Unlearning is often a more daunting process than learning because of the self-deprecation it entails. Nevertheless, like learning, unlearning too needs to be a continuous and life-long process. Sometimes, though, it can take a toll as one sheds their old self, along with their old beliefs and are reborn as a new person trying to make sense of the world around them.
Coming to terms with one’s new realities can be truly arduous when the changes are drastic, and one might feel alienated and isolated in previously warm and friendly surroundings. The changes would include factors as fundamental as friend circles, book/film choices, social media accounts you follow, conversation topics etc. Unarguably, all of this comes from a place of deep-rooted privilege, where being political is a choice and political correctness can be removed and re-worn as and when required.
Recently, during a conversation with a close friend, who had made his aversion to my “wokeness” and “activistic outlook” known a while ago, things went south when I started questioning what he called “the political validity of his personal actions”.
It developed into a full-fledged fight at the end of which he confessed how difficult it had become for him to talk to me, even as I continued to dodge his frequent jibes of my being a “snowflake”. Analysing some other discussions I had had with other friends, in retrospect I realised how it was impossible for us to be on the same page on most topics any more. Casual, uninformed remarks on politics, arising out of consuming propagandistic material created by biased media platforms now irked me beyond measure.
I realised how I was increasingly excusing myself from such discussions on group chats because the political incorrectness was just too hard to ignore. I did not want to come off as the tone-police, neither could I stand the incorrectness. It felt easier to walk away. I muted such stories on Instagram to prevent myself from picking unnecessary fights with old friends – another choice that arises from privilege because they questioned merely my beliefs, and not my very existence.
But it was clear we all had different learning-unlearning curves. The assumption, of course, was that they were on that path.
On one hand, I found myself more and more at odds with my old crowd. On the other, I had yet to find my place. Transition periods are difficult – the grounds are slippery and every new lesson has me bogged down. Still, it’s far easier to learn such things from reading and observing rather than from actual life experiences.
All the same, it was getting harder and harder to keep the political out of the personal almost as much as it was to keep the personal out of the political.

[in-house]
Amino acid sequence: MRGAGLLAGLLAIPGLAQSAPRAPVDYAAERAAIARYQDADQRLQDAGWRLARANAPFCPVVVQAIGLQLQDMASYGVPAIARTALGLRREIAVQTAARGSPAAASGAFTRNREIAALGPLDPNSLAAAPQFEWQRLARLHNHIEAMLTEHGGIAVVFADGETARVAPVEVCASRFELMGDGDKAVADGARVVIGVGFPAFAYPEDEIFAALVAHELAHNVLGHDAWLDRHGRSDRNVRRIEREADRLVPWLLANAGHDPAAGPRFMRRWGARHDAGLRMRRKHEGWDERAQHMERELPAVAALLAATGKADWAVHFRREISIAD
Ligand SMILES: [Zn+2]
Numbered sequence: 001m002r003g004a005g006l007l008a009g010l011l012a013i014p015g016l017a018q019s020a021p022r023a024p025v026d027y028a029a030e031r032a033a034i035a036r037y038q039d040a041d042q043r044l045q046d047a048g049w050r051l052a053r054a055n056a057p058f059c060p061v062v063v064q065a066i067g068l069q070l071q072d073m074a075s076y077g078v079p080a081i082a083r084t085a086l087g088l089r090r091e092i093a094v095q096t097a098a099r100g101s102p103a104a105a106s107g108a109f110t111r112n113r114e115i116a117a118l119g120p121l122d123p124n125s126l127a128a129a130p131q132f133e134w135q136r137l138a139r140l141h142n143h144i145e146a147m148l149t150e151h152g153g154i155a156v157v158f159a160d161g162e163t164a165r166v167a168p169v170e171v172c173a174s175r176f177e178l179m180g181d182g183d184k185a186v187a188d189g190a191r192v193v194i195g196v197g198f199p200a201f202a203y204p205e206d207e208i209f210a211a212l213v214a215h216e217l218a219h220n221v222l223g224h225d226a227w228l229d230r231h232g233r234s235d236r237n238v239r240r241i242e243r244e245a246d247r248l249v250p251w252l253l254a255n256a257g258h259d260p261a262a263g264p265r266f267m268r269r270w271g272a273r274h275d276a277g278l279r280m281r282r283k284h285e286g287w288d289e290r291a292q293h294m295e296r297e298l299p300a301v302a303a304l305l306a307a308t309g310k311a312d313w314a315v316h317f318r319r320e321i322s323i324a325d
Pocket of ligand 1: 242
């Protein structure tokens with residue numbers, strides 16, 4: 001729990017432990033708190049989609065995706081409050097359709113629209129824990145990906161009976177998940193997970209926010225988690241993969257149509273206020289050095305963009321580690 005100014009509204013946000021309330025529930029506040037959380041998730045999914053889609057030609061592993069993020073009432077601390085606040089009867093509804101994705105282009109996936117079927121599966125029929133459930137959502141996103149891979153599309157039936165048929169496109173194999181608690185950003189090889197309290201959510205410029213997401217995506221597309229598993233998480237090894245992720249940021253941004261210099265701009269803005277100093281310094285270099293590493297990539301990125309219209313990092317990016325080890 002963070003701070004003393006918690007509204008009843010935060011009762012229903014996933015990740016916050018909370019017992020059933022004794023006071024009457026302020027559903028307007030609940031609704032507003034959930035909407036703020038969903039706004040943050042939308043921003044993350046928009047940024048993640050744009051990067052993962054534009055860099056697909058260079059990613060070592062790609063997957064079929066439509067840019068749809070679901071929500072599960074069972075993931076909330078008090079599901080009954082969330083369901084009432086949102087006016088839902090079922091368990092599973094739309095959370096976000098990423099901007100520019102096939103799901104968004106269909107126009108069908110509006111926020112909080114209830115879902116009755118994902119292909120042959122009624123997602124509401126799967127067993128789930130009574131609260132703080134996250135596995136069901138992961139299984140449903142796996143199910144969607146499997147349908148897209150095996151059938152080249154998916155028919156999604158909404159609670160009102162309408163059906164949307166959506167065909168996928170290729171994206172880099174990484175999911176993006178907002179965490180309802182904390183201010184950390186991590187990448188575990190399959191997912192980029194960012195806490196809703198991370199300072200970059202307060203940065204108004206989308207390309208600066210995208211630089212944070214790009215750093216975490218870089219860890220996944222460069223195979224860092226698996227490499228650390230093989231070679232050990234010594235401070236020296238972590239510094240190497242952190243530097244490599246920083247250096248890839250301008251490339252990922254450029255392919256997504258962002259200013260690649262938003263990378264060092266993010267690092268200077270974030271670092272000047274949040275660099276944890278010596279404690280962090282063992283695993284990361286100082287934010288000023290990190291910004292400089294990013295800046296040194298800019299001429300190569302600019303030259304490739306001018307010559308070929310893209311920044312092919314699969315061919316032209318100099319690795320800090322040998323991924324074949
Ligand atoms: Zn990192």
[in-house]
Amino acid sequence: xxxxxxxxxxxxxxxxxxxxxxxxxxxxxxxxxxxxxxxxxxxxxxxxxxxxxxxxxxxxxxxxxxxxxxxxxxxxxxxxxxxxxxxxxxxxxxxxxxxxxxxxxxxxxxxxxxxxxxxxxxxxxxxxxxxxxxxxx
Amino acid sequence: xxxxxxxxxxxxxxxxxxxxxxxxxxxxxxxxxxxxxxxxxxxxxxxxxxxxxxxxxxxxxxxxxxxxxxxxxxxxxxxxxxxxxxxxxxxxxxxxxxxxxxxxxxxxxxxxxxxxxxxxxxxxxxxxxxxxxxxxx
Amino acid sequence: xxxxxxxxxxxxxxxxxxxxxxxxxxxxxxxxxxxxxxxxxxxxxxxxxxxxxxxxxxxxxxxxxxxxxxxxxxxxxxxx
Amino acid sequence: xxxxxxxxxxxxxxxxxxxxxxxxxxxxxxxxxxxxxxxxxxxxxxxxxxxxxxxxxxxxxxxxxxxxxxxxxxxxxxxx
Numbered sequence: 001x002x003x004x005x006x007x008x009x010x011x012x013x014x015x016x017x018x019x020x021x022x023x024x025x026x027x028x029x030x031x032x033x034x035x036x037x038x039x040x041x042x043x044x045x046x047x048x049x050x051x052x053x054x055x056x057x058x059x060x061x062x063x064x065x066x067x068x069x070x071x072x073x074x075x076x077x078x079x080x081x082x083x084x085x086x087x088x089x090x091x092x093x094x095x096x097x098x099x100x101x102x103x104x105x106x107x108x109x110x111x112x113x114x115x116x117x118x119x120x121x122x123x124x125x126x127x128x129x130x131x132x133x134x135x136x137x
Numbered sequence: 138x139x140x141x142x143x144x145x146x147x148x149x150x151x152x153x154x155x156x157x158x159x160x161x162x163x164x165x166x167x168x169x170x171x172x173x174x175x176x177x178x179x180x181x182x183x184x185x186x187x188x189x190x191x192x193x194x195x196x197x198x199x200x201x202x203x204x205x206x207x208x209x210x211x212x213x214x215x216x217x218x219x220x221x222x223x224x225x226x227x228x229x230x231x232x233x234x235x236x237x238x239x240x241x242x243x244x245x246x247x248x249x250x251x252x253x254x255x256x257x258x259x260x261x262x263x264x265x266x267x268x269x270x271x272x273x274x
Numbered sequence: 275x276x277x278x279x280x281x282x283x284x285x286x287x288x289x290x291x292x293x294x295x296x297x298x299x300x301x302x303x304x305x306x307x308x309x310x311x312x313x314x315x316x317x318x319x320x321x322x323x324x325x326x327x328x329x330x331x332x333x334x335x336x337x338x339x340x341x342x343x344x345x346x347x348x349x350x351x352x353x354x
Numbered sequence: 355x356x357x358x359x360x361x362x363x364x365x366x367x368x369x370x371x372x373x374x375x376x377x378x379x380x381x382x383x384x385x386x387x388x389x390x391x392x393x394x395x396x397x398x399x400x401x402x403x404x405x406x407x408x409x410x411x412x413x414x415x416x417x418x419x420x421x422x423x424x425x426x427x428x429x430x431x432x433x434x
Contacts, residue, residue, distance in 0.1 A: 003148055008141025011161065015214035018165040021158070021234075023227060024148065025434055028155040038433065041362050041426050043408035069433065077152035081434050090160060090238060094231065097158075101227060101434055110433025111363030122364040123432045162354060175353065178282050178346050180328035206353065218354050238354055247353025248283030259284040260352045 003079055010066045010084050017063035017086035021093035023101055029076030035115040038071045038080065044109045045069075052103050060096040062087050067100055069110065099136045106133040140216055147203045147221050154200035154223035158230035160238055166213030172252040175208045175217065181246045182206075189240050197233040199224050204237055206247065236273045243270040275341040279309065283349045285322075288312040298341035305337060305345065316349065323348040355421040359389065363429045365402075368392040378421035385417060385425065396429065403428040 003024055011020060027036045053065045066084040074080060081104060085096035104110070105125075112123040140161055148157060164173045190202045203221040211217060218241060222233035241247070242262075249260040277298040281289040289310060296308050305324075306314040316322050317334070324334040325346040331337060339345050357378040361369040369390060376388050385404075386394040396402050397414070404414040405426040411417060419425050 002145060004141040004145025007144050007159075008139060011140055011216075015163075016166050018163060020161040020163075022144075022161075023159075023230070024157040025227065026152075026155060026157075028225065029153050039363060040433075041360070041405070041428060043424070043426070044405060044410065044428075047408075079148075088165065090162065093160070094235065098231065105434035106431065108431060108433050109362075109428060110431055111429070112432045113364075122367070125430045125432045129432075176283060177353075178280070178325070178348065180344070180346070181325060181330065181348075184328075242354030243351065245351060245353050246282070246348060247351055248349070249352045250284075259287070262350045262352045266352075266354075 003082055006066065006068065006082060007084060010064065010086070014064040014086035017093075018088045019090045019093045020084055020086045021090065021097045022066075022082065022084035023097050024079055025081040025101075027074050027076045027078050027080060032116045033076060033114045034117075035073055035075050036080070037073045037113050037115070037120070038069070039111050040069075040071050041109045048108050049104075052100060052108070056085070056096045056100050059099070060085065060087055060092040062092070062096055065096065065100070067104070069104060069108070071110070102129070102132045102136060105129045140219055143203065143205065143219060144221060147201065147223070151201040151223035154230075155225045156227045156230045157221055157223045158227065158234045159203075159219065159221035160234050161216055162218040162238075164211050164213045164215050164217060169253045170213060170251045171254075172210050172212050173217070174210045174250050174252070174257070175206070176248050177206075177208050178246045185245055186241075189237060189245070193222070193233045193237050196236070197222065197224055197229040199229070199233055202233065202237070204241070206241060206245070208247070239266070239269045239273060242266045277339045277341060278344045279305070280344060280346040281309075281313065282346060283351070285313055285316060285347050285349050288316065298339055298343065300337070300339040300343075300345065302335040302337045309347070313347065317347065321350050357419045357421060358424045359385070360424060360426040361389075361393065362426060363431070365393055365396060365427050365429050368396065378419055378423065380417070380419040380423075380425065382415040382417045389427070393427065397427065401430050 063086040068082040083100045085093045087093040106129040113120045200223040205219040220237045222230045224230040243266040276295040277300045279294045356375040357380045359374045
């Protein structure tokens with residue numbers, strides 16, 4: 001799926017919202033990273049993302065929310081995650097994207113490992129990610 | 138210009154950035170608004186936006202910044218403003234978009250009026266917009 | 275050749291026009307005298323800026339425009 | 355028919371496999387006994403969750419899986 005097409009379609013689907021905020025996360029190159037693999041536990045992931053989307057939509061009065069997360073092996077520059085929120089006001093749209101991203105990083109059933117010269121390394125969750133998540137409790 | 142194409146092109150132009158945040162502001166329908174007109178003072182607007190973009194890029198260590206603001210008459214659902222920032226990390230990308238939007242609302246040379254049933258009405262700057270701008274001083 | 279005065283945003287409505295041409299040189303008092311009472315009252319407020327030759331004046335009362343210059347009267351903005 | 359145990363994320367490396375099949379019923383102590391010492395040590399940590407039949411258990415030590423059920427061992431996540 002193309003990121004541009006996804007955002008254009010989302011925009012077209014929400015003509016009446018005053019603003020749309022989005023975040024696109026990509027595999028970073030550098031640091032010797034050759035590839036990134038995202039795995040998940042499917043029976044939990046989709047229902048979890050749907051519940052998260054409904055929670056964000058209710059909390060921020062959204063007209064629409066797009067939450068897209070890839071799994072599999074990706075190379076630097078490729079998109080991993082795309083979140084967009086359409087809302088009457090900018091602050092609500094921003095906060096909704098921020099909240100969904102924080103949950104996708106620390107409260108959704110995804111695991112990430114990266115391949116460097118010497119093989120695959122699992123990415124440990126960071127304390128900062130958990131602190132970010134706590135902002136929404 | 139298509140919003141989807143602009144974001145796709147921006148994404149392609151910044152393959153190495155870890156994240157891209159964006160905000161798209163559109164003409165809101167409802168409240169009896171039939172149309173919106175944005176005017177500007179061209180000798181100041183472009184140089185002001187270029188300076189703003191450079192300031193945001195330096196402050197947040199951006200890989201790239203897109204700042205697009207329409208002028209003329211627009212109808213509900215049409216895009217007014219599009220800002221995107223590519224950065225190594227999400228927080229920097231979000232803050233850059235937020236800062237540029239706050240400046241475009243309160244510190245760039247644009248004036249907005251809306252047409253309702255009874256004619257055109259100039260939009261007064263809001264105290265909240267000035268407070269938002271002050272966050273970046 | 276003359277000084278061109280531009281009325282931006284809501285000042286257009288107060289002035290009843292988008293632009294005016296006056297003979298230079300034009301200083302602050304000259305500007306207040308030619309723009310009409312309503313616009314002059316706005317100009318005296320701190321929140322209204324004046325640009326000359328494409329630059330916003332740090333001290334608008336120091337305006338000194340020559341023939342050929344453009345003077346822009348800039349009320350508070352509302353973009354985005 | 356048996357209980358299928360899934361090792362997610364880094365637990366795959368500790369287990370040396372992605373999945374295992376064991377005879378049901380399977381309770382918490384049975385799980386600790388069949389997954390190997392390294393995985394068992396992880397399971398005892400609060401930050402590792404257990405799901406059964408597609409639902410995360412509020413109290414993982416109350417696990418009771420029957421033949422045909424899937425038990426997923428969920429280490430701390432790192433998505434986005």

Where do I draw the line? Should there be a line?
Some of my old friends have been supportive of my transformation and said they understood my interest in ‘wokeness’. But it stopped being just an ‘interest’ long ago, it became my very self and I did not just want them to “accept” that I was different, I wanted them to change the way I had for us to be friends again. I wanted them to understand making politically correct decisions was the least one could do considering we all enjoy the benefits of a fundamentally exploitative system.
I wanted them to know being neutral towards politics was as political as it can get and that they were contradicting themselves. I wanted them to understand they were still contributing to the exploitation even without “imposing their beliefs” on other people. I wanted them to realise the cost of their ignorance and the choices they were making. I wanted them to know that neutrality was a farce in a politically-conditioned world and that their ignorance was basically submissiveness to the status quo.
What some of my friends saw as my “obsessive need” to be politically correct during all conversations was costing me old friendships. But unlearning came with a pressing need to participate in discussions and debates, mostly with the self, but also with others. It was pointless to shield personal relations from the consequences.
Silence is overrated. Unlearning was scary because it was necessary. Unlearning meant isolation, it meant change.
One of my new friends who usually shares my views on many issues, suggested that I had perhaps shut myself in an echo chamber and was finding it really hard to get out of the comfort zone it had become. Maybe that’s what it is. Coming out of the echo chamber might turn out to be yet another unlearning experience.
Anjana Kesav finds solace in words and truth and aspires to be a fearless journalist one day.